fsck on a large file system can take quite a bit of time.
There may be some arguments that certain file systems don’t have or need a
fsck. However there is a difference between replaying a journal to regain consistency and actually having to check the entire file system. Journals did solve the problem of the previous generation of file systems that had do a full scan to repair any errors in the event of an unclean unmount (e.g. partially finished writes). Journaled file systems keep a journal of write operations on disk so in the event of an unclean unmount the journal is just replayed on the next mount, either completing partial writes or finishing writes in the journal.
However, journals don’t help with the problem of a corrupt file system. Corruption can come from a number of sources such as disk errors (hardware problems), file system bugs (nah, those never happen), and administrator error (admins are always right – just ask them). In the event of one of these problems or others, then a
fsck is needed that scans the file system and fixes problems. Despite of all kinds of protection techniques, file system corruption can still and do happen. So a
fsck is required. A very good explanation of
fsck and it’s development or use over time is in this article.
In looking at file systems and
fsck Valerie Aurora was intrigued by the enormous disparity between seek time and capacity of disks. She took some typical values for disks from a talk in 2006 and projected the increase in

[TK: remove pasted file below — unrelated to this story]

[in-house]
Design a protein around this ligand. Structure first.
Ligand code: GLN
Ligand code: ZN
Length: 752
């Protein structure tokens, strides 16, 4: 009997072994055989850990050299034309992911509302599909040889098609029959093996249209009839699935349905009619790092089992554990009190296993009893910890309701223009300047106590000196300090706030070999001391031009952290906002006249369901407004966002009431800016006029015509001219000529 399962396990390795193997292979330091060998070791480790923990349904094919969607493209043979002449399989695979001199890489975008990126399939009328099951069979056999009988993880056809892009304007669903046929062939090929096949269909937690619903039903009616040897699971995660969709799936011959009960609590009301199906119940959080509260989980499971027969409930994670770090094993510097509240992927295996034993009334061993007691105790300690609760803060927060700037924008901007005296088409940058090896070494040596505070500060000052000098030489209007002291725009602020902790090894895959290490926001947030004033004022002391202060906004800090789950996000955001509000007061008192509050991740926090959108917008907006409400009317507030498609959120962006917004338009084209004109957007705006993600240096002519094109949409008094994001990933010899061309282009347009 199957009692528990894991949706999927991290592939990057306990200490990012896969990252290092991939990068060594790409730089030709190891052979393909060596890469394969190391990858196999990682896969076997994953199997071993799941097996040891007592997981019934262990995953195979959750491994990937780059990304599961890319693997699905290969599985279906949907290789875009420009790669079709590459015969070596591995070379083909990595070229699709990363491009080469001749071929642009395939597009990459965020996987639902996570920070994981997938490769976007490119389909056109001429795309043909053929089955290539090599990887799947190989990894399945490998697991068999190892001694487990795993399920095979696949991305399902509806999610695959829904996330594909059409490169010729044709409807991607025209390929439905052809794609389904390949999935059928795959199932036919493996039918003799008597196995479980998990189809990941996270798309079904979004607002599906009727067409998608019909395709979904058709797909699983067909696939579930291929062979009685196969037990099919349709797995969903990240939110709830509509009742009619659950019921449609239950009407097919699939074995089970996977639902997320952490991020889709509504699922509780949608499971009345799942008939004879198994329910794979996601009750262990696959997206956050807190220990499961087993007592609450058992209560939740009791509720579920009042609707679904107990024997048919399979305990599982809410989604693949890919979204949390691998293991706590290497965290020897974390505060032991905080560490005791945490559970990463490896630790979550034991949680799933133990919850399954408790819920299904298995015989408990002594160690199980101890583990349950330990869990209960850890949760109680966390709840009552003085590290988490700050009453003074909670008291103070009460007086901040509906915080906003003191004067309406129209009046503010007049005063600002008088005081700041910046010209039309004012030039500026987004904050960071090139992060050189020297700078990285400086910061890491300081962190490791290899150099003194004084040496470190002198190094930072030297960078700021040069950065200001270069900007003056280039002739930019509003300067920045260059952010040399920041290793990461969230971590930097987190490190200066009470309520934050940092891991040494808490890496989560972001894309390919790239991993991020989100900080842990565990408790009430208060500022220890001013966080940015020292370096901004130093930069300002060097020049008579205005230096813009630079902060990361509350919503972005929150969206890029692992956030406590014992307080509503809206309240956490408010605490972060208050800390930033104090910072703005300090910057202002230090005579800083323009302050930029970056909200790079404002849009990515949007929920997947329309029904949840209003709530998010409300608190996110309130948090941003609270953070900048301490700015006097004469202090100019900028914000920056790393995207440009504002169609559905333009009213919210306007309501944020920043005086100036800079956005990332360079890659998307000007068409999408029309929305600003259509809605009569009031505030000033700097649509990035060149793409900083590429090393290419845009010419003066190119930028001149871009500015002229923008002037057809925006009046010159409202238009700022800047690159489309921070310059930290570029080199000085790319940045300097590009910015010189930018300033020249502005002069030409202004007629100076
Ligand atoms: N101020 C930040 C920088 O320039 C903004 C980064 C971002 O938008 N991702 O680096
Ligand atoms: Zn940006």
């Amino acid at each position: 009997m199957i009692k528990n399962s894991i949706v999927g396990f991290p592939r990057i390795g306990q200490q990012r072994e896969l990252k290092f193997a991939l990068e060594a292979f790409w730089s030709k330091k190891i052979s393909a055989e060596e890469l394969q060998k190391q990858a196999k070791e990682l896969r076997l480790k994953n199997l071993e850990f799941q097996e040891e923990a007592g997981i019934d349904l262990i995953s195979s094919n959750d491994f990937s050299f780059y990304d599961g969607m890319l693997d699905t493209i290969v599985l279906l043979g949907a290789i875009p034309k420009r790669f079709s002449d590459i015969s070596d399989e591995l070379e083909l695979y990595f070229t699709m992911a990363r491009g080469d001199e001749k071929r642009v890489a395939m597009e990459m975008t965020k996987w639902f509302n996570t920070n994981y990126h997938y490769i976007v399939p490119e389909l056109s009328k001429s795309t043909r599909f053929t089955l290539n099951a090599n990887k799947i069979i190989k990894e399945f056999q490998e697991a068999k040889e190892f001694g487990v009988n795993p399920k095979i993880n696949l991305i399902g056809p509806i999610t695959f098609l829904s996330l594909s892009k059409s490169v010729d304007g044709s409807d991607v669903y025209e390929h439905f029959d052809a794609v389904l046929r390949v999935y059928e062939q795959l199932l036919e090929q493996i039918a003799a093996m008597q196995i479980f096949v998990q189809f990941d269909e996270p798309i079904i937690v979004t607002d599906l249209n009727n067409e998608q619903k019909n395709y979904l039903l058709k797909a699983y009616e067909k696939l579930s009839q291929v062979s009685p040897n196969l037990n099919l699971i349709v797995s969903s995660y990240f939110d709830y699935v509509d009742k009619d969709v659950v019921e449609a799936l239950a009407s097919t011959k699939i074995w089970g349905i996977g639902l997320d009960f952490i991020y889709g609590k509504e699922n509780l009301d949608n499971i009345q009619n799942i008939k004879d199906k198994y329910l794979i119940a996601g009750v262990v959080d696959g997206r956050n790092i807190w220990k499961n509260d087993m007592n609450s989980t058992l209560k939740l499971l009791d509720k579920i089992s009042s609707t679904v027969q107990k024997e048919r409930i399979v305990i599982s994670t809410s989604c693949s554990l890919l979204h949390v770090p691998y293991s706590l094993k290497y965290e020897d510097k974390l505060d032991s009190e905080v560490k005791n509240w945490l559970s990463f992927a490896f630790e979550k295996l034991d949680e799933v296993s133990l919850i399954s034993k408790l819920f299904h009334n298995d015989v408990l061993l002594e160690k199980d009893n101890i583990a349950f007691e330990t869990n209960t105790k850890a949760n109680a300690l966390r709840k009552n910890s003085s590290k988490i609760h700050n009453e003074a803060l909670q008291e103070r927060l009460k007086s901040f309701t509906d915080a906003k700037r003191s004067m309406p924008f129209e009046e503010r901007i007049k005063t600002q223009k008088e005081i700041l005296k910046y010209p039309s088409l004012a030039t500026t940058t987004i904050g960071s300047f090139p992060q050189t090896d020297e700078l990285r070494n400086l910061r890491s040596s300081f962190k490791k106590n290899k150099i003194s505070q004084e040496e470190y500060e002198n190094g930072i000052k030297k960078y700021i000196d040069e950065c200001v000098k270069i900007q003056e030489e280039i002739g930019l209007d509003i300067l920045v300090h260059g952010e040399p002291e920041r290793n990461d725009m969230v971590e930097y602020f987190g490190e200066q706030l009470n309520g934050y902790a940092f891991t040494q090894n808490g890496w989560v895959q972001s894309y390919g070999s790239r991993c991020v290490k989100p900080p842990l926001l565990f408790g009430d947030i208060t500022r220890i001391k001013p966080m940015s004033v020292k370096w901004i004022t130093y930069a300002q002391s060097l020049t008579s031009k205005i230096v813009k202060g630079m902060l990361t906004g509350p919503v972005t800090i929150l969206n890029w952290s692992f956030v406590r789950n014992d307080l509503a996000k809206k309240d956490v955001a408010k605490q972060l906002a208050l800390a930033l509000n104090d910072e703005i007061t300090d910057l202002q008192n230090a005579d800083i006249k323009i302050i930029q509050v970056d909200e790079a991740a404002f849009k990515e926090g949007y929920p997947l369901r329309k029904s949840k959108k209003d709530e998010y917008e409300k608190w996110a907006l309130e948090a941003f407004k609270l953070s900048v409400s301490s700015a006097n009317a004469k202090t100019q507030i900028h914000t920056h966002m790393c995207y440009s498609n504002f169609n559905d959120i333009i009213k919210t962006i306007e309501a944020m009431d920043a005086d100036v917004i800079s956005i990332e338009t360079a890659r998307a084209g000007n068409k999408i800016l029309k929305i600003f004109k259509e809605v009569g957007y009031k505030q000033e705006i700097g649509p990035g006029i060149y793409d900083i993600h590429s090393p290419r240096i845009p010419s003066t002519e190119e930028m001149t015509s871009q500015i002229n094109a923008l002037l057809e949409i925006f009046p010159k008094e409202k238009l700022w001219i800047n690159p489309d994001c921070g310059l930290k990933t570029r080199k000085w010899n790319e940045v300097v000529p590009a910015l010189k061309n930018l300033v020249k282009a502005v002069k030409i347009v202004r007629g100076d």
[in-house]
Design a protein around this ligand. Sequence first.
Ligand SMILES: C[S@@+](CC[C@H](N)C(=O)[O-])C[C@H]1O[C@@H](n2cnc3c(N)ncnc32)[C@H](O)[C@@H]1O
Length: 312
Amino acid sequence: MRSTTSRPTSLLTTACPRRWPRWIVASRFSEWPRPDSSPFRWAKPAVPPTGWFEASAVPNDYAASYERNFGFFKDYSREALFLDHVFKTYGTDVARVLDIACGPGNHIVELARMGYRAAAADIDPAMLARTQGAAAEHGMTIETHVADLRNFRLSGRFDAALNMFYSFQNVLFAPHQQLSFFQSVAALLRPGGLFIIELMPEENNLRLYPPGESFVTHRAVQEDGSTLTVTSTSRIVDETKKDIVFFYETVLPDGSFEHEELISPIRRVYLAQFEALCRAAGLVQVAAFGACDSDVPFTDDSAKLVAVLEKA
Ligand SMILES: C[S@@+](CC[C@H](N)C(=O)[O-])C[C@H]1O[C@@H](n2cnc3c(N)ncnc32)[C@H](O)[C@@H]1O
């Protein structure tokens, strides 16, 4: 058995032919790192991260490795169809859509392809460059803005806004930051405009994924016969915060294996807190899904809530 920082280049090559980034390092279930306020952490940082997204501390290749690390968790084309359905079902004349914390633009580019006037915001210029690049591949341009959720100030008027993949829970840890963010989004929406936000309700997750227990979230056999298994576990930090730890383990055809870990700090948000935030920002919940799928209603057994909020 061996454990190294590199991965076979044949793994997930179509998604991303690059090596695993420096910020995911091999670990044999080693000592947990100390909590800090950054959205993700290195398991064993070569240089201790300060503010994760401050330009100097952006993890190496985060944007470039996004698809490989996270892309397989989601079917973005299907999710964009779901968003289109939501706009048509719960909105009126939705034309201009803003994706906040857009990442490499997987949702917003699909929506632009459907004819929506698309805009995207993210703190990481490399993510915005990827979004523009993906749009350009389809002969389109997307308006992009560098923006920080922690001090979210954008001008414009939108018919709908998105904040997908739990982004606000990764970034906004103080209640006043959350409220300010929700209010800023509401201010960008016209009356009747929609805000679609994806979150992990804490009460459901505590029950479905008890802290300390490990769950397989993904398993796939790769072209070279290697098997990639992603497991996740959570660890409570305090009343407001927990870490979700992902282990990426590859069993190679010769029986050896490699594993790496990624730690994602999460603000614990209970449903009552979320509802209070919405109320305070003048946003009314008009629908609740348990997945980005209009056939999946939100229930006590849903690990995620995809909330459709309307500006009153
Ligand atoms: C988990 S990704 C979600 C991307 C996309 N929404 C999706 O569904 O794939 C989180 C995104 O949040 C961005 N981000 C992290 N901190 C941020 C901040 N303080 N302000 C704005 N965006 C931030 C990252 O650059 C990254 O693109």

fsck times to 2013. Her conclusion was the following,
- From 2006 to 2013 capacity will increase 16x
- From 2006 to 2013 bandwidth increases 5x
- From 2006 to 2013 seek time increases 1.2x
- fsck time increases 10x!
This means that it will take 10 times more time to
fsck a file system in 2013 compared to 2006. So if it takes 2 hours in 2006, it will take 20 hours in just a few years.
From Valerie’s analysis she concluded that file systems needed to be designed from the start with a good
fsck capability. She discussed some concepts in a paper. One of the concepts that was explored was called ChunkFS
ChunkFS is an architecture that is built on the assumption that at some point file systems will have to run
fsck. This means that it has to be designed to have a fast and reliable file system check and repair (
fsck). To achieve this, ChunkFS breaks a file system into pieces (chunks) where each chunk can be checked and repaired independently of the others. These chunks are assembled into a coherent file system.
The challenge comes with the details in the design (it’s always in the details). In particular, files should be able to span the chunks while still having the ability to check and repair the chunks independently.
In Valerie’s recent article she discussed ChunkFS in some detail. In particular she said that there were three implementations that were developed and tested over time. From these implementations she made the following conclusions (taken from the article):